Oyster reefs are a critical component of South Atlantic coastal systems, providing structure that serves as habitat for fish and shellfish, maintaining healthy water quality and mitigating shoreline erosion. Oysters are also a regional social and economic driver, with annual commercial landings over $5.5 million. Oyster populations have suffered 50% to 90% loss due to over-harvest, disease and habitat damage. This decline has major consequences for the health of our coastal waters and upland communities, making restoration a priority. The gap in documented data on the link between fish and oyster reefs is a limiting factor to growing available funding.

Moving from smaller scale restoration projects to large-scale success is dependent on securing greater funding and increasing public support for both restoration and conservation. In turn, increased support and funding from the public and key state and federal agencies that manage coastal resources depends significantly on documenting and communicating the value of restored oyster habitats in supporting fish populations and protecting shorelines, which are priority targets for resource managers. One of the Conservancy's regional marine conservation program's goals is to significantly increase the population of oysters in the South Atlantic coastal systems in order to support valuable ecosystem services.

Project Overview

The primary focus of this multi-year project was to develop and implement a regional fish productivity monitoring protocol to document the connection between restored oyster reefs, important fish species and the marine food web. To date, fish productivity sampling in the South Atlantic has occurred on a sporadic, localized basis. There is a need to collectively define and test a fish productivity monitoring protocol that can be used on a larger scale, allowing for consistency and comparison of data.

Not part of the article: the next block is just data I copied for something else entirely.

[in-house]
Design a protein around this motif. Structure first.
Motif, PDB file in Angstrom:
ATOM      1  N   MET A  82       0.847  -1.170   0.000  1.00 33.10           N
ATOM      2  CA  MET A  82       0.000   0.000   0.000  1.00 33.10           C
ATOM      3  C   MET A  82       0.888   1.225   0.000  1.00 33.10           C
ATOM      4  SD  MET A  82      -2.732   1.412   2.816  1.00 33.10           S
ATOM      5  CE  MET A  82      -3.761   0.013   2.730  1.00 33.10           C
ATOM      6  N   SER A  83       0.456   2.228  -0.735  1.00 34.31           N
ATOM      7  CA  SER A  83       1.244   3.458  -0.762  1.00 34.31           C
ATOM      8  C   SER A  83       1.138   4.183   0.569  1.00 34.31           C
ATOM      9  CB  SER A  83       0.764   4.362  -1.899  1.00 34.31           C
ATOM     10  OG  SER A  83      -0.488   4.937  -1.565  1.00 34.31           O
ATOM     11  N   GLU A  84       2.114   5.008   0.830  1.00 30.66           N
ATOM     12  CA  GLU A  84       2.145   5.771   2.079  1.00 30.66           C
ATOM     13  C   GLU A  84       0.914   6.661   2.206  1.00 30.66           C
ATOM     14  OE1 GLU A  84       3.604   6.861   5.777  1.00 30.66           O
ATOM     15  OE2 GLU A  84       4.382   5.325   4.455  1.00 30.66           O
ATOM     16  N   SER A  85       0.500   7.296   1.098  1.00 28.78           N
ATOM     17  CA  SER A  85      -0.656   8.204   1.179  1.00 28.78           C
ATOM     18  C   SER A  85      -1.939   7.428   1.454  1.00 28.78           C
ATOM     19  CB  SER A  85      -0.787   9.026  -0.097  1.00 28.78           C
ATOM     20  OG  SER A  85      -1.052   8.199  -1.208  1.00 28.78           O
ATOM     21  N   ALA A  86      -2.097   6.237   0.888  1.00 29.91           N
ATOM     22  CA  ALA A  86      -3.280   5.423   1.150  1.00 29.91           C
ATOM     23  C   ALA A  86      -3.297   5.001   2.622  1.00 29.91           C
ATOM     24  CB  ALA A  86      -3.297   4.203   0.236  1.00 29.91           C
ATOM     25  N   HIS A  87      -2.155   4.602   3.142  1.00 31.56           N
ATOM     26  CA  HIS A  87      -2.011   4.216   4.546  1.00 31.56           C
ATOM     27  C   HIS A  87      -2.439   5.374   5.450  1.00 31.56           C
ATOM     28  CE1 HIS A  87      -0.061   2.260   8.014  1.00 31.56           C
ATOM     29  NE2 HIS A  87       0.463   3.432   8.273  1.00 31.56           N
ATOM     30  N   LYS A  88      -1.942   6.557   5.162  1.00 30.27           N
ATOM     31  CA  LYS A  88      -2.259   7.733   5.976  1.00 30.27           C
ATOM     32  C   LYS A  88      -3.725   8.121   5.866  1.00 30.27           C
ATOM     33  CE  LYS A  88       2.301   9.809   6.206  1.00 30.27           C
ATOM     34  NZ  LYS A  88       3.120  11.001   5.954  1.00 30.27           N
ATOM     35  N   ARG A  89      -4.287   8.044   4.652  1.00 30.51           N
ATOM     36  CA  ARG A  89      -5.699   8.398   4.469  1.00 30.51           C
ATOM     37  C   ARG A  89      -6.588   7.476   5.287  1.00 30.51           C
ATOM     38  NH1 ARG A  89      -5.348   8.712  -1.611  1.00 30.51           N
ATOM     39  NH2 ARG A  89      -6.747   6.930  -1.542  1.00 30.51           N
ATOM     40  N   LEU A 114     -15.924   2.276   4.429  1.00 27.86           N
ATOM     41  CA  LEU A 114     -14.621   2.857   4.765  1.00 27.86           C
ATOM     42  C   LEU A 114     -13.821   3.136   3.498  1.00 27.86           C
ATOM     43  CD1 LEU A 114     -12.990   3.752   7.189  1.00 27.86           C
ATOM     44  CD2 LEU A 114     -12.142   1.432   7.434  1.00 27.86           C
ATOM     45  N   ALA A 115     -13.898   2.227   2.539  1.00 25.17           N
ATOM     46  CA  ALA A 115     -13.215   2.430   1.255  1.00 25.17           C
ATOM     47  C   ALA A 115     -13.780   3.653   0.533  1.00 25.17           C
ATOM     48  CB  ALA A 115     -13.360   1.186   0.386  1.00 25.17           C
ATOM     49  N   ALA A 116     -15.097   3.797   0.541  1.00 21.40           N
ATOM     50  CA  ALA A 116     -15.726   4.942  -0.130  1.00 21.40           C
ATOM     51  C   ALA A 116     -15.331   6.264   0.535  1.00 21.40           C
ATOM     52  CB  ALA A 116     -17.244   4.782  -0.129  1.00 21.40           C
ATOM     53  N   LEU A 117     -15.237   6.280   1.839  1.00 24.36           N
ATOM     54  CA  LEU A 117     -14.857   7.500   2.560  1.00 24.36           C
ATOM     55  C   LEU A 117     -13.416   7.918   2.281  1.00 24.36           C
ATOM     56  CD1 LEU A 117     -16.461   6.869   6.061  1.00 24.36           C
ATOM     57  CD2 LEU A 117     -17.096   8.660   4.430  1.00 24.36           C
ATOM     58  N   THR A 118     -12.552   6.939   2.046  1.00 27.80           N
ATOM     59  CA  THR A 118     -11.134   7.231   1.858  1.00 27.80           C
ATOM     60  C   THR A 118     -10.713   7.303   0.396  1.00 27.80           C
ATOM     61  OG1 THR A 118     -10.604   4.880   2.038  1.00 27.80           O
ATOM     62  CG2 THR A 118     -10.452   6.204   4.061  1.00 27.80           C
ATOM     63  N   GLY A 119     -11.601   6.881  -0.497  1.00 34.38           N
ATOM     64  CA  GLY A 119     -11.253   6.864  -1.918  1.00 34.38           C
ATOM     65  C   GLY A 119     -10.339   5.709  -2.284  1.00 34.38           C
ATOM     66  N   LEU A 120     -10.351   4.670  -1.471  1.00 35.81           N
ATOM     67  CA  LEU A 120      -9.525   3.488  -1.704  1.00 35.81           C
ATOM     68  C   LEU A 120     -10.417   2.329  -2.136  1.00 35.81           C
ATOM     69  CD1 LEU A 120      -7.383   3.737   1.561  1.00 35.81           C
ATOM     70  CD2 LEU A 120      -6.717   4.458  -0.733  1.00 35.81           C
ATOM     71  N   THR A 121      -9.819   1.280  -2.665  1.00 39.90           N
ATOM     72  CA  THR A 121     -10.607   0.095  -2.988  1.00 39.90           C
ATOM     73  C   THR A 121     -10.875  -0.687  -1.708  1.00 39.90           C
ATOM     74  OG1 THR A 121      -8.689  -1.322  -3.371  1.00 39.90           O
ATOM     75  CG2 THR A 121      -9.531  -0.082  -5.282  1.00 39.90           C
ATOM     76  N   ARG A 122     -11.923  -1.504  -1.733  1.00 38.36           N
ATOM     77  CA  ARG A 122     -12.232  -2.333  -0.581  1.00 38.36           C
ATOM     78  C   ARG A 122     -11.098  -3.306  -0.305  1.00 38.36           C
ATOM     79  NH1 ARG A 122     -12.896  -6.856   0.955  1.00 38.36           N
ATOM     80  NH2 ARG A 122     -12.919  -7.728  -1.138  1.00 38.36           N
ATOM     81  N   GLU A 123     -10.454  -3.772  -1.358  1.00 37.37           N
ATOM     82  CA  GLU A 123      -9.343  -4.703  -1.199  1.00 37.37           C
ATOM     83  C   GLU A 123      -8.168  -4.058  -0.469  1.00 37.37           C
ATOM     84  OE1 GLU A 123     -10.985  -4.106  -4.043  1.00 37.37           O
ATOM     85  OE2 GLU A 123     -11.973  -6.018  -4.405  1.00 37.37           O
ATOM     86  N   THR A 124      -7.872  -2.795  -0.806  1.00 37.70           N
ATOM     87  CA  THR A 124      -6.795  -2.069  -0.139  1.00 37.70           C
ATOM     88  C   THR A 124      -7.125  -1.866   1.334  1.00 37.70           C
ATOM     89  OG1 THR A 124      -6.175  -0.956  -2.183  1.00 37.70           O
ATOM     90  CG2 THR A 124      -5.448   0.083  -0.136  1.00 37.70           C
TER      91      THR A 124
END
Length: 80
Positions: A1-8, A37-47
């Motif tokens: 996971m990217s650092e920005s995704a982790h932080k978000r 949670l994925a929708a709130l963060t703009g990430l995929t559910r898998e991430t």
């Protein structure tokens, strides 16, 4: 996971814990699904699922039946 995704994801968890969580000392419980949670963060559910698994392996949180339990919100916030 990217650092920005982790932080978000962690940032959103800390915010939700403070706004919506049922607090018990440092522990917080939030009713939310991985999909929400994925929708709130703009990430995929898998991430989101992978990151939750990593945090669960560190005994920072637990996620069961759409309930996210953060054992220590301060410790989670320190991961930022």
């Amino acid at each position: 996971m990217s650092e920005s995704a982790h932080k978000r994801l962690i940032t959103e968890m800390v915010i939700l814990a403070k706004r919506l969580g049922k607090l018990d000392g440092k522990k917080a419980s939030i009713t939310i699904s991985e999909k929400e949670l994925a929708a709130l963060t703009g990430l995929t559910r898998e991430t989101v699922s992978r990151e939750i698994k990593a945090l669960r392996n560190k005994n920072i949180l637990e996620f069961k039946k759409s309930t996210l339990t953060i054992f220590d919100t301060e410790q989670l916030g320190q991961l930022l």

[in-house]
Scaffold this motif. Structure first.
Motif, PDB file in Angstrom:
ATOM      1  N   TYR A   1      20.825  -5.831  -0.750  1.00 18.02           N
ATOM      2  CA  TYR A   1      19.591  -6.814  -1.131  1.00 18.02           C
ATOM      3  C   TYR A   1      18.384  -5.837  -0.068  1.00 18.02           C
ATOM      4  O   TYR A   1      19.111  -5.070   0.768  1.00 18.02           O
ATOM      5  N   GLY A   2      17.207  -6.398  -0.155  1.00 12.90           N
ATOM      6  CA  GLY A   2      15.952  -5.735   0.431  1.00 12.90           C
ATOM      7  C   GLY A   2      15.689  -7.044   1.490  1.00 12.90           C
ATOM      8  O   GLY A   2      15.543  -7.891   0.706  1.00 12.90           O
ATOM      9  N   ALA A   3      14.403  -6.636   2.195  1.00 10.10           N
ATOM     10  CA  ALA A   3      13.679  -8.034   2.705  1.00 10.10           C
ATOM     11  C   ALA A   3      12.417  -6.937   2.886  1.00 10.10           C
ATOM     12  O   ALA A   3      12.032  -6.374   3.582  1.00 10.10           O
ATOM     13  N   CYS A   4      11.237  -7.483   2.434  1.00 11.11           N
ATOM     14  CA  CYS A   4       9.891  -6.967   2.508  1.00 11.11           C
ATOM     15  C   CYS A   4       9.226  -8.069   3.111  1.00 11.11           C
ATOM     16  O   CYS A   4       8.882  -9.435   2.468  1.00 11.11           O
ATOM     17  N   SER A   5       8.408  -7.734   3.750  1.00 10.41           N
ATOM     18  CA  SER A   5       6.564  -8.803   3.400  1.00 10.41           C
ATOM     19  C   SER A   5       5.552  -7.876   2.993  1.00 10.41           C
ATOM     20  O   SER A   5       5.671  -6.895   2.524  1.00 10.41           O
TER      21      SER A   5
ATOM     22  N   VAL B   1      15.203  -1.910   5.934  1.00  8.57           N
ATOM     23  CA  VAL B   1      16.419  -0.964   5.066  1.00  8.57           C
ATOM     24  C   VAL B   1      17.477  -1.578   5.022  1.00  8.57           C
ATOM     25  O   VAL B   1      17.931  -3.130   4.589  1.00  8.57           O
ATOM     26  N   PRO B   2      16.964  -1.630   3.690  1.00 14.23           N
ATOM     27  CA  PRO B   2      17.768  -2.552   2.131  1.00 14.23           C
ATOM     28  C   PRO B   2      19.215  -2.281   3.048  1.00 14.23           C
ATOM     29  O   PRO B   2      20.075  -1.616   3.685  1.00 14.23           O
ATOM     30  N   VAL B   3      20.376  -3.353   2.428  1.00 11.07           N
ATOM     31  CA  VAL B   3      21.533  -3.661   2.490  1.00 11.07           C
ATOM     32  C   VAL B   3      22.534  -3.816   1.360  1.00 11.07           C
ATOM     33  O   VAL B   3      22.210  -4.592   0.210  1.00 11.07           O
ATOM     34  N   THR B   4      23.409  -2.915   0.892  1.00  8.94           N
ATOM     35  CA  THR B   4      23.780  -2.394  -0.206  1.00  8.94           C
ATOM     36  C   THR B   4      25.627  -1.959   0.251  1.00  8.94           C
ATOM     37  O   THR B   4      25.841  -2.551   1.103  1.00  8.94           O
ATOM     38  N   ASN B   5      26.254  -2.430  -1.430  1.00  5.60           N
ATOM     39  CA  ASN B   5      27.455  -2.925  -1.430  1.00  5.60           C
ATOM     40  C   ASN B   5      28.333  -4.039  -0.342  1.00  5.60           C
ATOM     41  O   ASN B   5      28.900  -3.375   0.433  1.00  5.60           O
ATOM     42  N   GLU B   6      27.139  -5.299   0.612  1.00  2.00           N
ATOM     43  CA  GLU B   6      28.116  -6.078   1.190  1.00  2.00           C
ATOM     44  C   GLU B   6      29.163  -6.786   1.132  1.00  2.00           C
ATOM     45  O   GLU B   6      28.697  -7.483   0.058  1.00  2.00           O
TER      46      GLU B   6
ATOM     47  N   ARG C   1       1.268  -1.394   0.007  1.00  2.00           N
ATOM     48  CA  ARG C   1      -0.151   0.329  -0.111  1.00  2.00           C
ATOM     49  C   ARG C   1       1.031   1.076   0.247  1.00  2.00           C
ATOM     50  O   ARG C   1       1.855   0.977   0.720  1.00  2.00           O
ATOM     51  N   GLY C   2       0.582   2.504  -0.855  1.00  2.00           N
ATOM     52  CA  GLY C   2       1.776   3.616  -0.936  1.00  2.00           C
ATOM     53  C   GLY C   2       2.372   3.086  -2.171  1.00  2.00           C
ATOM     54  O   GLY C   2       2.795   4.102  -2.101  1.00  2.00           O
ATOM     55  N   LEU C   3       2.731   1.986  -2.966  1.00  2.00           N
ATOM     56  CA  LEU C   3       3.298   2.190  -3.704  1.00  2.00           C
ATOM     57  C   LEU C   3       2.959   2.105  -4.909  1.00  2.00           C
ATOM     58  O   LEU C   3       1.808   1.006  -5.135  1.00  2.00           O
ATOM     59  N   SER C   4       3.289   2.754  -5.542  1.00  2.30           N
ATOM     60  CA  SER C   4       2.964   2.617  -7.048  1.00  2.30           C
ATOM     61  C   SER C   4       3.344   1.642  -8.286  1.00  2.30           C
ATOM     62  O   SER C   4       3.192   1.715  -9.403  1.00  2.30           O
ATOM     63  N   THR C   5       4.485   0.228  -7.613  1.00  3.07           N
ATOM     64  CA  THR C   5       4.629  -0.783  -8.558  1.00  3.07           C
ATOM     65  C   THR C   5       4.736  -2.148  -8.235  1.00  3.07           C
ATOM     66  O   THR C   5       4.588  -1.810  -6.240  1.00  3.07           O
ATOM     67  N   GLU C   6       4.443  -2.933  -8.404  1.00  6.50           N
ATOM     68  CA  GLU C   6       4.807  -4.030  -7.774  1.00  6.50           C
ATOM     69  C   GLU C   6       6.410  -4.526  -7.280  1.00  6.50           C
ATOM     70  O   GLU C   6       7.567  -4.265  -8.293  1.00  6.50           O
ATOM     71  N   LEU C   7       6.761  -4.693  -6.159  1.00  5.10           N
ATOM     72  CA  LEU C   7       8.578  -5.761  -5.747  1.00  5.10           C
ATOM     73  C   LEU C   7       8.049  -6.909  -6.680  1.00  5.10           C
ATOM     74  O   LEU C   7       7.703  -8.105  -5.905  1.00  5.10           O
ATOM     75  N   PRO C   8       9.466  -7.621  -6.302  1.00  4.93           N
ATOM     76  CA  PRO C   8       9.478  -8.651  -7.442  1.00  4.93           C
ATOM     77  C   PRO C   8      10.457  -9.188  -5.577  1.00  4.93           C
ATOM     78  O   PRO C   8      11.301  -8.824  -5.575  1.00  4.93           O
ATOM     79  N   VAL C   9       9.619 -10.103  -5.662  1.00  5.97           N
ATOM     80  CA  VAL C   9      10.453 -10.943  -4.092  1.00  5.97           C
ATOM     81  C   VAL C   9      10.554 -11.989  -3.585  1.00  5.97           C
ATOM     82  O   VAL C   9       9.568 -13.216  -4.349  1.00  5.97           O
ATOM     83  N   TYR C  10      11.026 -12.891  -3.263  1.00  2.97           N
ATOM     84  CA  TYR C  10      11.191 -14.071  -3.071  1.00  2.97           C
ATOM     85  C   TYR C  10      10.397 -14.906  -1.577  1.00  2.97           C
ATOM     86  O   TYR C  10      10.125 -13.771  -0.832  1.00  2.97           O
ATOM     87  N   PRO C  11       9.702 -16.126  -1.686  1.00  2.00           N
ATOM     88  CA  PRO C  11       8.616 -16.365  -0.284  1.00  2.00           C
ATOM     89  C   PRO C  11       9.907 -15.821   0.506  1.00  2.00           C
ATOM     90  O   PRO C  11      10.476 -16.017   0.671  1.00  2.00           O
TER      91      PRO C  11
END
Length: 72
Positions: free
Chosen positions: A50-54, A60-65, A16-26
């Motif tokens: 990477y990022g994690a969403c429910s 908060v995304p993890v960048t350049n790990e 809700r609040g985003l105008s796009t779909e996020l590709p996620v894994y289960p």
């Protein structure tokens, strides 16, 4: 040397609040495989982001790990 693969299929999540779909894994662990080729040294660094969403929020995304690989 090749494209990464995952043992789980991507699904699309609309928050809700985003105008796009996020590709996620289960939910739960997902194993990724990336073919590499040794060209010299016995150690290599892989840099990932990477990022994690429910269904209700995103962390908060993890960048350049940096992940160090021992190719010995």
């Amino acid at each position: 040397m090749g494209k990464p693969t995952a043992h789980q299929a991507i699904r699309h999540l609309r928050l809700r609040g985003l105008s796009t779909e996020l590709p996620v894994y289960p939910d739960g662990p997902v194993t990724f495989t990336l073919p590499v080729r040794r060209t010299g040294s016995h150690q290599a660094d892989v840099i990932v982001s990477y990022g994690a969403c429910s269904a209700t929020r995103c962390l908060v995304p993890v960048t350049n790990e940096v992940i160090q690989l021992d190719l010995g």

The project team was comprised of Conservancy staff and technical experts from the University of North Carolina, South Carolina Department of Natural Resources, and UGA Marine Extension/GA Sea Grant. With multi-year funding from Boeing in South Carolina, monitoring was completed seasonally in 2015 and 2016 at five restored oyster reef restoration sites across North Carolina, South Carolina and Georgia. A description of the monitoring methods is available in the project’s practitioners’ guide: Sampling Nektonic Organisms Around Restored Oyster Reefs in the South Atlantic (Stone and Brown 2017). The data and information generated from this project will increase direct understanding of the crucial ecosystem service role that restored oyster reefs have in fish production.

Recent Publications:
Baggett, L.P., S.P. Powers, R. Brumbaugh, L.D. Coen, B. DeAngelis, J. Greene, B. Hancock, and S. Morlock, 2014. Oyster habitat restoration monitoring and assessment handbook. The Nature Conservancy, Arlington, VA, USA., 96pp.

Beck, M.W., R.D. Brumbaugh, L. Airoldi, A. Carranza, L.D. Coen, C. Crawford, O. Defeo, G.J. Edgar, B. Hancock, M. Kay, H. Lenihan, M.W. Luckenbach, C.L. Toropova, and G. Zhang. 2011. Oyster Reefs at Risk and Recommendations for Conservation, Restoration, and Management. BioScience 61(2): 107-116.

Grabowski, J. H., R. D. Brumbaugh, R. F. Conrad, A. G. Keeler, J. J. Opaluch, C. H. Peterson, M. F. Piehler, S. P. Powers, A. R. Smyth. 2012. Economic valuation of ecosystem services provided by oyster reefs. BioScience 62(10):900-909.

Philine, S.E., Z. Ermgassen, M.D. Spalding, R.E. Grizzle, R.D. Brumbaugh. 2012. Quantifying the Loss of a Marine Ecosystem Service: Filtration by the Eastern Oyster in US Estuaries. Estuaries and Coasts 36: 36-43.

zu Ermgassen, P.S.E., M.D. Spalding, B. Blake, L.D. Coen, B. Dumbauld, S. Geiger, J.H. Grabowski, R. Grizzle, M. Luckenbach, K. McGraw, B. Rodney, J.L. Ruesink, S.P. Powers, and R. Brumbaugh. 2012a. Historical ecology with real numbers: Past and present extent and biomass of an imperiled estuarine habitat. Proceedings of the Royal Society B on June 13, 2012. 

zu Ermgassen, P.S.E., M.D. Spalding, R. Grizzle, and R. Brumbaugh. 2012b. Quantifying the loss of a marine ecosystem service: filtration by the eastern oyster in U.S. estuaries. Estuaries and Coasts, DOI 10.1007/s12237-012-9559-y 

zu Ermgassen, P. S. E., M. D. Spalding, R. E. Grizzle, R. D. Braumbaugh. 2013. Quantifying the loss of a marine ecosystem service: filtration by the Eastern oyster in US Estuaries. Estuaries and Coasts 36:36-43.


 Further Reading